Daochun Sun, PhD

Daochun Sun, PhD

Assistant Professor


  • Cell Biology, Neurobiology & Anatomy

Contact Information


Research Associate, Memorial Sloan Kettering Cancer Center
Postdoctoral Fellow, University of Texas, Southwestern Medical Center
PhD, School of Medicine, Wayne State University BS, Yantai University


Dr. Sun obtained his PhD degree in Molecular Biology and Genetics by studying mechanisms of Neurofibromatosis Type 1 (NF1)-associated Malignant Peripheral Nerve Sheath Tumors (MPNST) at School of Medicine, Wayne State University. He further received postdoctoral training from the Developmental Biology Department at the University of Texas, Southwestern Medical Center, and Cancer Biology and Genetics program in Memorial Sloan Kettering Cancer Center. His works emphasize the cell-of-origins of the tumor, and he identified a stem-like cell population playing essential roles in tumorigenesis, relapse, and metastasis of NF1-associated plexiform neurofibromas and MPNST. These discoveries may provide novel strategies to prevent tumor transformation, progression, chemoresistance, and metastasis.

Research Interests

Tumor heterogeneity is a challenge from benchside to bedside. Developmental biology and Darwinism provide a natural history point of view on this challenge. Many examples have shown that cancer can be a stem cell disease. Tumorigenesis, drug resistance, relapse, and metastasis manifest the joined forces of development, genome evolution, and environmental selection. NF1-associated tumors such as plexiform neurofibromas (PN), malignant peripheral nerve sheath tumors (MPNST), and glioblastoma multiforme (GBM) are representative models reflecting the stem cell-related functional tumor heterogeneity.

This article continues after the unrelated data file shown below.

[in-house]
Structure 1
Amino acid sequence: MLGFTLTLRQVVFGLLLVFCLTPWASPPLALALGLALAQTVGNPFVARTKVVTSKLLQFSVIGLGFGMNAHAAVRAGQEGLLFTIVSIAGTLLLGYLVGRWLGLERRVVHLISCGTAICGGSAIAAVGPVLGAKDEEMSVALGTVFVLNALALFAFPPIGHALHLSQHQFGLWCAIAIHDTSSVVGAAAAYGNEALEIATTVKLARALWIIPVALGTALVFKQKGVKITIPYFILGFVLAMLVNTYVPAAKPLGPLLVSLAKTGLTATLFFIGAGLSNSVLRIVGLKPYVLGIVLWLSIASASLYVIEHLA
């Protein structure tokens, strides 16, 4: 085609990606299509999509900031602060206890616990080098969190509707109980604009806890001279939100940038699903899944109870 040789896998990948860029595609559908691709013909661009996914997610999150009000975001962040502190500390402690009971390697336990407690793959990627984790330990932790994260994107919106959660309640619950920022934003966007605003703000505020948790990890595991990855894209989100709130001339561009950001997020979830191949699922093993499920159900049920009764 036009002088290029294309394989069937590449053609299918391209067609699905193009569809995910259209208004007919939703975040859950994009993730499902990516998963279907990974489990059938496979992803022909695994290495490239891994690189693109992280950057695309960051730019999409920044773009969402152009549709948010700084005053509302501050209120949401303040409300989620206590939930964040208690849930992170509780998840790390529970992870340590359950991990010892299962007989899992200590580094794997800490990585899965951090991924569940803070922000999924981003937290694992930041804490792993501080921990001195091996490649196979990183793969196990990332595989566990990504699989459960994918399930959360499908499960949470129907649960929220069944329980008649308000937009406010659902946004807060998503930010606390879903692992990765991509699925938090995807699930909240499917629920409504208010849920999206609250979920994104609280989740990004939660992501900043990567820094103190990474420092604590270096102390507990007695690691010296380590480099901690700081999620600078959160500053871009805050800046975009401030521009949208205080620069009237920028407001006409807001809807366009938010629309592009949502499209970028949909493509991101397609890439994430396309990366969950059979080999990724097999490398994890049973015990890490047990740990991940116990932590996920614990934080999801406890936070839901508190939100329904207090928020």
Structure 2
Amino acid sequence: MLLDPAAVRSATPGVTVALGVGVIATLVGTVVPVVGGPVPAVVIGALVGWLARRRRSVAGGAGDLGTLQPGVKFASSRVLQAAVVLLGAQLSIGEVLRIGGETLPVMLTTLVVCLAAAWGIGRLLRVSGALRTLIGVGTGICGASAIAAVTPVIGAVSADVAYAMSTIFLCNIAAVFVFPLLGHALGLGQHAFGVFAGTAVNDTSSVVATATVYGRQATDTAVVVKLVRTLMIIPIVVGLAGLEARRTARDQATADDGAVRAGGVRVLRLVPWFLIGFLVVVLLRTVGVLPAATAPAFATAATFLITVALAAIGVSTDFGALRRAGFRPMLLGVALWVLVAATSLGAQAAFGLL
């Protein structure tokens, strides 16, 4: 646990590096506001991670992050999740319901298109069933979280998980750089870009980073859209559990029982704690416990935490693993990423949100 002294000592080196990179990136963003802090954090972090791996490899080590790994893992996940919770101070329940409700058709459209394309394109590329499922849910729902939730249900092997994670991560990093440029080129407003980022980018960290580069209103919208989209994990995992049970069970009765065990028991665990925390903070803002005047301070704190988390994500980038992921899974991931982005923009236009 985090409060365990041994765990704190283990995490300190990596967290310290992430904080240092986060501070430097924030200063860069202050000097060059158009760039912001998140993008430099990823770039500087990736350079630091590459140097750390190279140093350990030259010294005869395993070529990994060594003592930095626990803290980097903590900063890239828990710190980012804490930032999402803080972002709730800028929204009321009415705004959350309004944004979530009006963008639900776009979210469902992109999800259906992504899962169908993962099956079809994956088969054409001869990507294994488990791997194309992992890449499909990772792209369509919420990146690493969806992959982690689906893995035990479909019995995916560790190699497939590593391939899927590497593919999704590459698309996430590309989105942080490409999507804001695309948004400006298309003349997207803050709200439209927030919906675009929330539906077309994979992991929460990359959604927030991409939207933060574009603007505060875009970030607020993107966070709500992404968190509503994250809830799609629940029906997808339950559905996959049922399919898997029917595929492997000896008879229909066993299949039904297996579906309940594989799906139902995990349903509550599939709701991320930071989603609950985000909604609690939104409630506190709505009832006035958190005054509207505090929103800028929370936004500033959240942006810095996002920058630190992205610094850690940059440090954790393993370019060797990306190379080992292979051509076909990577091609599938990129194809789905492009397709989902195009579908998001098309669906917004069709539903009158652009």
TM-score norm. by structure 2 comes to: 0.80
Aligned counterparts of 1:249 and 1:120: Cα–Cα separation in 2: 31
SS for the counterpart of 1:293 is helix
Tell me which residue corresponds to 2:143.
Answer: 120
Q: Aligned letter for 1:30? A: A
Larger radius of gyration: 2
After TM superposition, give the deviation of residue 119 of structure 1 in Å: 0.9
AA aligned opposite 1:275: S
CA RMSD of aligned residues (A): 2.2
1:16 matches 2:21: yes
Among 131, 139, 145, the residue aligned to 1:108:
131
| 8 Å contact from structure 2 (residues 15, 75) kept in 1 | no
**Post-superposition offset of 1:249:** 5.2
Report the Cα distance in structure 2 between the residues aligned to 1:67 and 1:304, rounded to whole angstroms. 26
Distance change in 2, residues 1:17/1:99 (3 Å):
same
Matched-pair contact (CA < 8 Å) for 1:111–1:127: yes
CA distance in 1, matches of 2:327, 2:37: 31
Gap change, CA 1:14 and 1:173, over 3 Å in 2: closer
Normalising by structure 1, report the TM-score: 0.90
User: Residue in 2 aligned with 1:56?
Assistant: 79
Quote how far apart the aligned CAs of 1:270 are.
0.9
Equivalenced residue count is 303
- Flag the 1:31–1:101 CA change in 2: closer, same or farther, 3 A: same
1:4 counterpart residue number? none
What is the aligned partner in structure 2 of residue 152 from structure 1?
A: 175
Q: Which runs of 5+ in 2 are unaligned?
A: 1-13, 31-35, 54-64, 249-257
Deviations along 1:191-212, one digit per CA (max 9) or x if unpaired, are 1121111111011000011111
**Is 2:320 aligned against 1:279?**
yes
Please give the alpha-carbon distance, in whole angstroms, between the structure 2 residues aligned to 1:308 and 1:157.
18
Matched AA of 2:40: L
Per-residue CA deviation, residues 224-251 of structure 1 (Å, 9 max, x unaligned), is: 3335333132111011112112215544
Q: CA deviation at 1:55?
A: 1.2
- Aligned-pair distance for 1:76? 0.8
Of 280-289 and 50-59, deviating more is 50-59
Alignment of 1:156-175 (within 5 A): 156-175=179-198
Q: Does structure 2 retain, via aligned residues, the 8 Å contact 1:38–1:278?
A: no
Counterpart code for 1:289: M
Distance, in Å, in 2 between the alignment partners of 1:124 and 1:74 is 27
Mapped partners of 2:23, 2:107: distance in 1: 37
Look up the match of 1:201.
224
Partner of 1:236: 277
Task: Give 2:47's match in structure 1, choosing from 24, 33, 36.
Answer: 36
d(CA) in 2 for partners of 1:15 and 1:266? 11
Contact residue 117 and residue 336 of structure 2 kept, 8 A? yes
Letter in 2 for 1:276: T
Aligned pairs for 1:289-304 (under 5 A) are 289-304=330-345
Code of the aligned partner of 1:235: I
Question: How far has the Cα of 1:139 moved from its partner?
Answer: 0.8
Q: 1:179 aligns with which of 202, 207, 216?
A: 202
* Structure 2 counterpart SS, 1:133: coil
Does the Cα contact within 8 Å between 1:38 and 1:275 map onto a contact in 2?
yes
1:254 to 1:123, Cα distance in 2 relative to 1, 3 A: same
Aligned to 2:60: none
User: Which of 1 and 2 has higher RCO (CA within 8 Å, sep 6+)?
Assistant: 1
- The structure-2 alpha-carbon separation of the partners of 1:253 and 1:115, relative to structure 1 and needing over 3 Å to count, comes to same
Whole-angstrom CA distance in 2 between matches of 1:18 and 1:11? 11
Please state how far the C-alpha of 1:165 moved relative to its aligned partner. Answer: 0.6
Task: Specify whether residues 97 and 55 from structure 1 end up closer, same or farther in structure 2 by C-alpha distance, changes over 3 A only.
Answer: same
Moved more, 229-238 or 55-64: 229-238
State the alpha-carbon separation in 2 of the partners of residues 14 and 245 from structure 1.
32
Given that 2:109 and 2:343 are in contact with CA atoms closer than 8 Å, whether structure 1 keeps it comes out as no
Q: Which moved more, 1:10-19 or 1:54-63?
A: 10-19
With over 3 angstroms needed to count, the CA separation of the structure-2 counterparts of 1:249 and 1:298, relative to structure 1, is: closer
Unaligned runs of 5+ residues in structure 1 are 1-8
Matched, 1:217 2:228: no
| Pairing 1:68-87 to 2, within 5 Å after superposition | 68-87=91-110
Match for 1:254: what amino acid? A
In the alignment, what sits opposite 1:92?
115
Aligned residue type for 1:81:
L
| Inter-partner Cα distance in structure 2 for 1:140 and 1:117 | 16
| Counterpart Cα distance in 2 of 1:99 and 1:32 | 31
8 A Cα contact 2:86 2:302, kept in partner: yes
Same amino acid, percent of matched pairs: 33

My lab will take advantage of sophisticated mouse models and patient-derived xenograft models to explore the strategies targeting tumor progression, relapse, and metastasis.

Focus 1: Plexiform Neurofibromas

PN are congenital benign tumors in young people with NF1. The PN patients have a significantly higher risk for malignant transformation. My preliminary data on human PN using single cell sequencing indicates that stem-like tumor cells play a critical role in disease initiation and progression. Efficiently target those stem-like cells will serve as a novel treatment the young patients.

Focus 2: MPNST Relapse and Metastasis

Relapse and metastasis lead to the major mortality of NF1 patients with no effective treatments. My preliminary data demonstrate that the stem-like tumor cells that are relatively quiescent have a strong association with the nerve-enriched microenvironment and contribute to the local relapse after surgery or chemotherapy. With the transgenic mouse models, I have seen the increased potentials of MPNST cancer stem cells to form new metastatic lesions through the forced vascular dissemination. Revealing the mechanisms involved in the relapse and metastasis will provide great insights to benefit the NF1 patients.

Focus 3: Biological Big Data Mining in Cancer Research

The ever-evolving technologies offer massive biological data in great broadness and granularity with various formats, including genomics, epigenomics, transcriptomics, proteomics, single cell technology, and high throughput screening. Understanding and interpreting biological big data are new challenges and bring excellent chances for discovery. The lab focusses on big data-based subtyping and drug target discovery in NF1-related disorders using R programming. Big data analysis offers new insights into disease mechanisms and treatments and paves the road for future precision medicine.